Archives For Fear

Me and Cauri

My daughter recently went with me to a speaking engagement where I shared the journey of my pregnancy with her (you can read about it here). It was one of the most distraught times of my life. Although Cauri had heard the story many times, she had never heard the feelings I experienced during that time. It moved her to tears to know I loved her so much.

And that broke my heart.

I realized although I sometimes share reasons for my teaching or discipline with her, many times I don’t share what I’m feeling.

So my dear, darling, challenging daughter, I want to share with you what I feel almost on a daily basis raising you.

I wake in the mornings and feel worried.

Worried that your heart will be hurt by unkind peers or impatient teachers.

Unfortunately, as the morning continues, I feel angry.

After fighting to get you out of bed, we argue about running late, lost homework, complaints about nothing to take for lunch, and leaving a huge mess in the kitchen for mom to clean since you “don’t have time.”

When you leave for school, I feel relieved.

Relieved we have time to get over ourselves and come back together in the evening for a fresh start.

Relief quickly turns to sadness.

Sadness that I am the one who caused you hurt before the day even had a chance to begin.

The day is then spent feeling helpless.

Helpless as I wonder about your day. How the test is going for which you spent so much time studying, if your friend is still upset with you and turning mutual friends against you, if the bully who sits behind you in two classes is calling you “stupid,” again, about your decisions and if they are wise or made out of emotion. And knowing you’re dealing with all of it away from me and beyond my help or rescue.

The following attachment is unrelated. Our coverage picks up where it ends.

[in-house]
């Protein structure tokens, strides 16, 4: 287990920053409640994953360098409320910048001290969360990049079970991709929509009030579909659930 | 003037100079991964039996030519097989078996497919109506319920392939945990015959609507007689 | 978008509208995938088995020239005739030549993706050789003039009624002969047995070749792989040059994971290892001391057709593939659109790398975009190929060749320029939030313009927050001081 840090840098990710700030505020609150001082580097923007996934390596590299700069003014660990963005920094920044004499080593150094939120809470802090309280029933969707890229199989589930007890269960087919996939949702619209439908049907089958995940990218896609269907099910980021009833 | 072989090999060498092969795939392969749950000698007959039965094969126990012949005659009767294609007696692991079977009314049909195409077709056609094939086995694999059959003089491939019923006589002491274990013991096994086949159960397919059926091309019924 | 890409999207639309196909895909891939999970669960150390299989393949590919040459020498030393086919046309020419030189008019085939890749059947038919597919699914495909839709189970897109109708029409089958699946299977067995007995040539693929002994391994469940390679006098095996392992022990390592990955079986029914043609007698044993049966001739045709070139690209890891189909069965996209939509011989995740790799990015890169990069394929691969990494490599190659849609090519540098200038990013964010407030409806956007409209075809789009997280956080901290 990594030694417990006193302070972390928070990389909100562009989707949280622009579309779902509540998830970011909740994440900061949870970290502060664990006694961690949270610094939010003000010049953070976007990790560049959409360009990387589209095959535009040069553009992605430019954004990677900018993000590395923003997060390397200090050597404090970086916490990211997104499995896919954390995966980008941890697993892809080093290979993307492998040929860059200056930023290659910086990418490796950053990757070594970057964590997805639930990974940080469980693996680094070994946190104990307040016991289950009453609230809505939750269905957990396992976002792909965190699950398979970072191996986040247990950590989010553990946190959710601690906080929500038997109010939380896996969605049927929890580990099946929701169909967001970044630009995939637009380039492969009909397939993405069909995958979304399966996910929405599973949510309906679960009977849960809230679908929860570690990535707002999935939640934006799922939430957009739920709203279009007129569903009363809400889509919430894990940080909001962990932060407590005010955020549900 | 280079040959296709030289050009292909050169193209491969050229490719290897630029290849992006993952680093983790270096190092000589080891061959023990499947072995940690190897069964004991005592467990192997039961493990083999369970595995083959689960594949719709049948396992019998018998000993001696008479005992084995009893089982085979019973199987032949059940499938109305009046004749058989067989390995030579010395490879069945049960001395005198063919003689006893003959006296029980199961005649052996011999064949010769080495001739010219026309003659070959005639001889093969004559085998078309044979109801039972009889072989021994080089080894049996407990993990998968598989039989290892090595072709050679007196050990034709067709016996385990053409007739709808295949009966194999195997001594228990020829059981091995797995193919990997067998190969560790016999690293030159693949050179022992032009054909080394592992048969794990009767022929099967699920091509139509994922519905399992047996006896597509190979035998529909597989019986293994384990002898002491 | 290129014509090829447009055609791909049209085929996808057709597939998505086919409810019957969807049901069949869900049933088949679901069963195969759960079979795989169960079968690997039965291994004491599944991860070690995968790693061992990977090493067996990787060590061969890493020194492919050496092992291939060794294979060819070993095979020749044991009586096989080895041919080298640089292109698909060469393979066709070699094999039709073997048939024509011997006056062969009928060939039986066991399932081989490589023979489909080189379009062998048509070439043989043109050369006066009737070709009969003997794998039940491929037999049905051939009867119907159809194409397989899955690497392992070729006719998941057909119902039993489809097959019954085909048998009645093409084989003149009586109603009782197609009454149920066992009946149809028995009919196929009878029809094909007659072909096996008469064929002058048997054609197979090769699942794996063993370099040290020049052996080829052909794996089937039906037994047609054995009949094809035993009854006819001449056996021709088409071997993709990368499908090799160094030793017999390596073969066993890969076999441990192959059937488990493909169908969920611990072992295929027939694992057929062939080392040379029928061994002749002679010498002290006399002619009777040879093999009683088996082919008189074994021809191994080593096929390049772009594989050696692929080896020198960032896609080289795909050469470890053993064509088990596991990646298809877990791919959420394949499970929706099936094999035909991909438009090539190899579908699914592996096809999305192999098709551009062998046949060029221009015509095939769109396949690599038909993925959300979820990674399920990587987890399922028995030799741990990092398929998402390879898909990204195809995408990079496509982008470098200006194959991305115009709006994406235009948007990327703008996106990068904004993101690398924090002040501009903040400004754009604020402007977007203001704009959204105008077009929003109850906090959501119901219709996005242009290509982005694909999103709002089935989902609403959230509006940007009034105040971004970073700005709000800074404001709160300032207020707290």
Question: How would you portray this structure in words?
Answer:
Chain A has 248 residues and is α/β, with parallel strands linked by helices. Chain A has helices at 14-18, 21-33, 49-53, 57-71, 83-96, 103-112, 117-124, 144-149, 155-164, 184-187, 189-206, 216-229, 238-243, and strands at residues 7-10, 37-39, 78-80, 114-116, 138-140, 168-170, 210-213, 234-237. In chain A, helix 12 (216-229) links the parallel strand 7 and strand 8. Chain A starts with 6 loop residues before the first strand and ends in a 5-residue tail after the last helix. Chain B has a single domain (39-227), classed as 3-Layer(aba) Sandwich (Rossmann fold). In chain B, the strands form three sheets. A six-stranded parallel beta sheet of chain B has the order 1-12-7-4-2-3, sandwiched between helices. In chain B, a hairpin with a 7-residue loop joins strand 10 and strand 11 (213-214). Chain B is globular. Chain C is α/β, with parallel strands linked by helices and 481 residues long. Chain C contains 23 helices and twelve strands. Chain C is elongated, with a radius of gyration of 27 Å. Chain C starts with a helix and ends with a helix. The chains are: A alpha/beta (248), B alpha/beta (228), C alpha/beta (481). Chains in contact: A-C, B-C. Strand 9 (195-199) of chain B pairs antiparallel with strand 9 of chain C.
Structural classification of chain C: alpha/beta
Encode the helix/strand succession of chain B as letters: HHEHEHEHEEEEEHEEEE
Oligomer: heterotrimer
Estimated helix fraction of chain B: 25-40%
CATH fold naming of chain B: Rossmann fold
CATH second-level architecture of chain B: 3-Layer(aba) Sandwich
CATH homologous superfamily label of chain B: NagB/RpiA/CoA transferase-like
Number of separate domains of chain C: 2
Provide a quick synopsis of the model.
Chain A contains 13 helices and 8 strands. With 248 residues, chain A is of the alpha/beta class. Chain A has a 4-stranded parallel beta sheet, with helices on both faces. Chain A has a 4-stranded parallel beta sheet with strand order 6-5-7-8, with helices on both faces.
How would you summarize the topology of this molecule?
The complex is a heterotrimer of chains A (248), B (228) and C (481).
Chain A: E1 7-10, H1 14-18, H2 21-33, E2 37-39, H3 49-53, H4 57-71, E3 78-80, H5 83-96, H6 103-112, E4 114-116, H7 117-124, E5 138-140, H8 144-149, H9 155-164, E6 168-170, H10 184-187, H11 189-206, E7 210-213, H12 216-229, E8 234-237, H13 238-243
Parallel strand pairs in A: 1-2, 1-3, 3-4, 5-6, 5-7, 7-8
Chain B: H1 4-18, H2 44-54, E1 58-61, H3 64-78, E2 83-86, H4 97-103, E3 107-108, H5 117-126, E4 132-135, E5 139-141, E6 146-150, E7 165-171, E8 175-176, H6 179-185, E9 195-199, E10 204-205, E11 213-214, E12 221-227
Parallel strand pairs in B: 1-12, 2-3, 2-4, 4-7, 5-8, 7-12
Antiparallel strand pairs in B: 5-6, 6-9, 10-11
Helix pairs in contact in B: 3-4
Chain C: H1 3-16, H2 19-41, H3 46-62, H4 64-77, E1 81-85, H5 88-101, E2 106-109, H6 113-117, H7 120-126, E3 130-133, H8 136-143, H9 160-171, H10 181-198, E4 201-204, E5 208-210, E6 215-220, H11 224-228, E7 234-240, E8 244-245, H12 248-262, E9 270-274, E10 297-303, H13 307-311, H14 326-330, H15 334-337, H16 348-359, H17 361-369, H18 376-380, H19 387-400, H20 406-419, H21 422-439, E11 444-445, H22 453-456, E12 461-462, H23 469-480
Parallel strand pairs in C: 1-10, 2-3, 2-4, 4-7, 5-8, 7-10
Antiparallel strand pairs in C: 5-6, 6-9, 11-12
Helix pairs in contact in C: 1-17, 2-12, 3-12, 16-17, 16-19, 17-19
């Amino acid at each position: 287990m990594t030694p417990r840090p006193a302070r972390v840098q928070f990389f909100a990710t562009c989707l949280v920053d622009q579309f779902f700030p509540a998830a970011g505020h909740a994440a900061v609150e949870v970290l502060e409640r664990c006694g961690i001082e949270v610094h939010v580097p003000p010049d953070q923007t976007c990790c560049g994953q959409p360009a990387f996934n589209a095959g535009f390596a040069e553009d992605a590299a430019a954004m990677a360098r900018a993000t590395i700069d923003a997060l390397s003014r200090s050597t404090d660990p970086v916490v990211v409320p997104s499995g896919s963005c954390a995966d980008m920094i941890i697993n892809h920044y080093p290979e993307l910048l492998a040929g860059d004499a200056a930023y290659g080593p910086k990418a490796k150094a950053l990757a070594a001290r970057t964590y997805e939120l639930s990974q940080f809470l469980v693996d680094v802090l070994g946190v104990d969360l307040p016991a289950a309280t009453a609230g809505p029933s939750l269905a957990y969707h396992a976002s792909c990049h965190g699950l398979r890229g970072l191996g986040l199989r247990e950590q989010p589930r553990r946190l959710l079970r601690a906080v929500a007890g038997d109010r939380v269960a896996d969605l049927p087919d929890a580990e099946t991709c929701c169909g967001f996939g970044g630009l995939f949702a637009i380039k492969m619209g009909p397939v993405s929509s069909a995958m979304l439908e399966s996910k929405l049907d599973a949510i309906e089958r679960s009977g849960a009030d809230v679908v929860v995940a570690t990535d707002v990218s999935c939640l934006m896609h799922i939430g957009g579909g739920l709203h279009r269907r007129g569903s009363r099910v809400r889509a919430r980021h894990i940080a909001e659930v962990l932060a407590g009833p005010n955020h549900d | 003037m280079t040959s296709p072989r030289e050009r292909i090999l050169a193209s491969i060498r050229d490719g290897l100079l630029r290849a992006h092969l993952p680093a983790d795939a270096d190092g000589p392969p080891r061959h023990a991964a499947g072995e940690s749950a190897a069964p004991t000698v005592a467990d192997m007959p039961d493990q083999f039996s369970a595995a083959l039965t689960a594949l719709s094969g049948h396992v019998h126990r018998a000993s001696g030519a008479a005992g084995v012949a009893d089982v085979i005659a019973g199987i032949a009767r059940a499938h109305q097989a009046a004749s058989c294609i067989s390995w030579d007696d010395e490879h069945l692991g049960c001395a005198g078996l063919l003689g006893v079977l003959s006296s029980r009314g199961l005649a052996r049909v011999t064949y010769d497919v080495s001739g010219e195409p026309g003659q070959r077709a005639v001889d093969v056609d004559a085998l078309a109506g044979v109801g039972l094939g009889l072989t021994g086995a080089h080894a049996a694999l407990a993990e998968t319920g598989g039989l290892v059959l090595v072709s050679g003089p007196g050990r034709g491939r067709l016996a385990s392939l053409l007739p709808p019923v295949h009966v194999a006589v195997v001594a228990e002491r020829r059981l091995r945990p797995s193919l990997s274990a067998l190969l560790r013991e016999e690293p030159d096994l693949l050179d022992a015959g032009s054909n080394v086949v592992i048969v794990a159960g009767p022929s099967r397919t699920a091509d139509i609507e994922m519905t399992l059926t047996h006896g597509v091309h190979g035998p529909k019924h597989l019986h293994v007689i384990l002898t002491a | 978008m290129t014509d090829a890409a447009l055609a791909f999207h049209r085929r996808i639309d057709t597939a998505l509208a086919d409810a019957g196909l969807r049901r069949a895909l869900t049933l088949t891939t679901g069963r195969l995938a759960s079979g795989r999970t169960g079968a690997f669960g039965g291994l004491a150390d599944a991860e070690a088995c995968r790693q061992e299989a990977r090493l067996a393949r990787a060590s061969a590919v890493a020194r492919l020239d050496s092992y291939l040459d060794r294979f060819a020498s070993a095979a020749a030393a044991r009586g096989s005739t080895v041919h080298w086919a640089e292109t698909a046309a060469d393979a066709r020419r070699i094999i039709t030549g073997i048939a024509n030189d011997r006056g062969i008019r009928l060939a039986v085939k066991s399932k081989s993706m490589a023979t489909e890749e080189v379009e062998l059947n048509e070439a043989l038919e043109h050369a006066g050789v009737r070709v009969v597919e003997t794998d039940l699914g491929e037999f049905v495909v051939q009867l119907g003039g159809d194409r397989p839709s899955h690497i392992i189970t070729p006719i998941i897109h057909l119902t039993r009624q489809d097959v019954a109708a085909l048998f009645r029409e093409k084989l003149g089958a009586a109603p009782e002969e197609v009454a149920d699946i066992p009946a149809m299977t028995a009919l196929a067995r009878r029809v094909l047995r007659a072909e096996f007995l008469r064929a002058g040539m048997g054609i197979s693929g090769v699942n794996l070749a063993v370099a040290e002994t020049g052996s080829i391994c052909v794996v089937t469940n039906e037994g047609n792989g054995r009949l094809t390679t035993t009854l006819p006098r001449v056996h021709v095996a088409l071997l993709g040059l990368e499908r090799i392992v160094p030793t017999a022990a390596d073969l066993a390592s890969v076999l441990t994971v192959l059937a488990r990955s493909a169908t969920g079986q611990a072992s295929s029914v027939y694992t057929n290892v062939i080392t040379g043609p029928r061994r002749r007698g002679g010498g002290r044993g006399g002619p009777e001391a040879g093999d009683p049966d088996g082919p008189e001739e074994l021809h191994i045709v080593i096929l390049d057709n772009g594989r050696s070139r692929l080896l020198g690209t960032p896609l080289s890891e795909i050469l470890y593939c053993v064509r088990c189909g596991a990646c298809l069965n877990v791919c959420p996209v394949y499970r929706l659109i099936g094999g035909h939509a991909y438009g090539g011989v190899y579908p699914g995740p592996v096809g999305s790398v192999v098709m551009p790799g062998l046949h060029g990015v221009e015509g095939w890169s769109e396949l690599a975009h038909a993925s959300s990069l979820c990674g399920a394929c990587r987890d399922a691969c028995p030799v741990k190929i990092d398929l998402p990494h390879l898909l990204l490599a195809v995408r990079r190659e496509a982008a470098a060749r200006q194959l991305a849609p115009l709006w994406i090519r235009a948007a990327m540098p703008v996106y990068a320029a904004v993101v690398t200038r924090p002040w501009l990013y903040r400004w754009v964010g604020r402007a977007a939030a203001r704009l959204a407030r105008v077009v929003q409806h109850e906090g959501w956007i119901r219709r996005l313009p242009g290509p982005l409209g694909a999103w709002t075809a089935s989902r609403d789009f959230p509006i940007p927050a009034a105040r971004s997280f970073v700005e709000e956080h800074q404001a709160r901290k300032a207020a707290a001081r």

By the time you waltz in from school and you look content and happy, I feel reassured.

Reassured all went well during the day.

Reassurance quickly turns to feeling irritable.

Irritable from the complaints over what I’m making for supper, from all the arguing between you and your siblings, from all the things I’m trying to remember: which kids have activities, who is driving what carpool, everything on my to-do list that did not get finished earlier in the day, how much homework each of you has for the evening, calls or emails I need to return before the evening is over. I’m irritable and don’t listen well. I’m short with my words and yell.

As the evening progresses, I feel tired.

Tired from not knowing how to help with homework, from not knowing how to give you direction with your life question, from the sibling arguments, from disrespectful talk toward your dad and me, from feeling unappreciated after having worked at my job and on the house and taking care of all your needs throughout the day, tired from my brain working in overdrive, and tired from all those feelings I’ve been experiencing.

When the evening is over and we all go to bed, I feel guilt.

Guilt over not handling your questions well, not listening when you were trying to tell me something important, saying things to you I shouldn’t have, not having all the answers to your needs.

And guilt for feeling worried, angry, relieved, helpless, irritable, and tired. All of which reminds me of my shortcomings as a mom.

I leave my bed to check on you sleeping kids and I feel thankful.

Thankful God gave me such wonderful kids, thankful all of you are tucked safely in your beds in our warm house, thankful you made a decision to accept Christ’s sacrifice and are guaranteed eternal life, thankful you are mine.

I feel thankful and I kiss you on the forehead as you sleep.

And then I pray! I give all of my feelings and all those things out of my control to God.

Through it all, I feel indescribable love for you.

But know love is MORE than a feeling. While feelings change, my love for you never does! And that love, dear child, will never be compromised!

Pearl Buck quote

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© 2015 Connie Davis Johnson

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Can I Get a Witness?

July 9, 2013 — 3 Comments

Today, I’m excited to welcome my guest writer, Valerie Welsh.  A great mom many of us can relate to in following the strong parental instincts to keep her children safe at all costs.  She agreed to share her inspiring story of overcoming fear and stepping out in faith.